Blood pressure change across pregnancy in white European and south Asian women: Analysis using data from the born in Bradford cohort

Publication authors

Farrar D.; Santorelli G.; Lawlor D.; Macdonald-Wallis C.; Tuffnell D.; Sheldon T.


Introduction Hypertensive disorders of pregnancy (HDP) affect increasing numbers of women and are associated with maternal and infant morbidity and mortality. Early recognition and treatment improve outcomes; however, it is unclear if patterns of blood pressure (BP) change and prevalence of HDP are influenced by ethnicity.

Aim: To determine whether patterns of BP change differ between white European (WE) and south Asian (SA) women and the prevalence of HDP, using current National Institute for Health and Care Excellence (NICE) recommended criteria.

Methods Linear spline models, with five parameters (8, 8-24, 24-30, 30-36, >36 weeks of gestation) and prevalence estimates of HDP were produced using data from the Born in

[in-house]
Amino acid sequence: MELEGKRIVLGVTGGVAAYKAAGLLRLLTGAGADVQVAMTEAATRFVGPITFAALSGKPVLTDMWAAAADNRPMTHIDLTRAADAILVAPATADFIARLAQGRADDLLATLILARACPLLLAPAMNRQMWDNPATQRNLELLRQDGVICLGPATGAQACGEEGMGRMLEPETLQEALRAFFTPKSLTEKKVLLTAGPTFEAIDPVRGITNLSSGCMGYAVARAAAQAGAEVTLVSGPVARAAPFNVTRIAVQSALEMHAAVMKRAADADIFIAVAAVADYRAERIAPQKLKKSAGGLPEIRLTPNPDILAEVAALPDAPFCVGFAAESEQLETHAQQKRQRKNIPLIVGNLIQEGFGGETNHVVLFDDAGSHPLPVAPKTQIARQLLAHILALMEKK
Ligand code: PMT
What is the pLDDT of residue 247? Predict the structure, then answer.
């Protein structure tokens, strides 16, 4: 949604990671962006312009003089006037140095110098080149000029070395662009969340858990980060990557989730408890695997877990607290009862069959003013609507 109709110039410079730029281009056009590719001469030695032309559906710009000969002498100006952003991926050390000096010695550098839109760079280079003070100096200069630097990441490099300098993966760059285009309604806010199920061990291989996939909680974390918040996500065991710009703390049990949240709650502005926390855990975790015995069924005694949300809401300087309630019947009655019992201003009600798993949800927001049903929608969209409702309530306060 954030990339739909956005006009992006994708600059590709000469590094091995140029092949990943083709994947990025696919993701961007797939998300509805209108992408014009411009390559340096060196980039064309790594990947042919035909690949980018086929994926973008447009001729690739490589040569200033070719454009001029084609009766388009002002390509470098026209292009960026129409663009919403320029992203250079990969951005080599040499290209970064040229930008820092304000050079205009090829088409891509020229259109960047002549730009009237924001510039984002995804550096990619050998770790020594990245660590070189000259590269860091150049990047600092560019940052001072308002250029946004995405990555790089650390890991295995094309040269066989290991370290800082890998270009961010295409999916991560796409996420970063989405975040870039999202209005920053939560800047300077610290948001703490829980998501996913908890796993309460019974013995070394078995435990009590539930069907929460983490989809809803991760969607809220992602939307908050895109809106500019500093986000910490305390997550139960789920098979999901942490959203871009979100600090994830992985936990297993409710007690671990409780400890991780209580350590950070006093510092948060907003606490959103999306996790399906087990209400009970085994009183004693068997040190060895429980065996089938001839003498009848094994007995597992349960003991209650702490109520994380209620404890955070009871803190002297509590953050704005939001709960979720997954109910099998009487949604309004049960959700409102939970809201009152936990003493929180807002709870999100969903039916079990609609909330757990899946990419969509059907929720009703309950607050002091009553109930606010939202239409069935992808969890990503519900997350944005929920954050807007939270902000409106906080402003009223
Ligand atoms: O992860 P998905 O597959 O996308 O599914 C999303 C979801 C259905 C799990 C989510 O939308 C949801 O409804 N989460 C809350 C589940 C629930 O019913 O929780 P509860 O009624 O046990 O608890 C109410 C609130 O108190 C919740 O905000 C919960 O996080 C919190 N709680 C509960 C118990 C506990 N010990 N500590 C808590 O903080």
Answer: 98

Bradford study. Results Of 10 535 eligible women, 4444 were WE and 5427 were SA. Unadjusted analysis suggests that SA women have significantly lower systolic (SBP) and diastolic (DBP) BP than WE women from early pregnancy and that this difference continues to term. Mean difference in SBP between the two groups at <8 weeks and at >36 weeks was -4.80 mmHg (95% CI -4.81 to -4.79) and -5.27 mmHg (95% CI -5.31 to -5.23), respectively. In all, 1050 (24%; 95% CI 22.4-24.8) WE and 690 (13%; 95% CI 11.5-13.6) SA women developed hypertension and 487 (13%; 95% CI 11.5-13.6) WE and 350 (7%; 95% CI 6.2-7.6) SA women developed preeclampsia.

Conclusion SA women have significantly lower DBP and SBP early in pregnancy than WE women; this pattern continues to term. Using current (NICE) threshold criteria, SA women are less likely to develop HDP. Further research is needed to examine variations in the risk of adverse outcomes for graded increases in BP.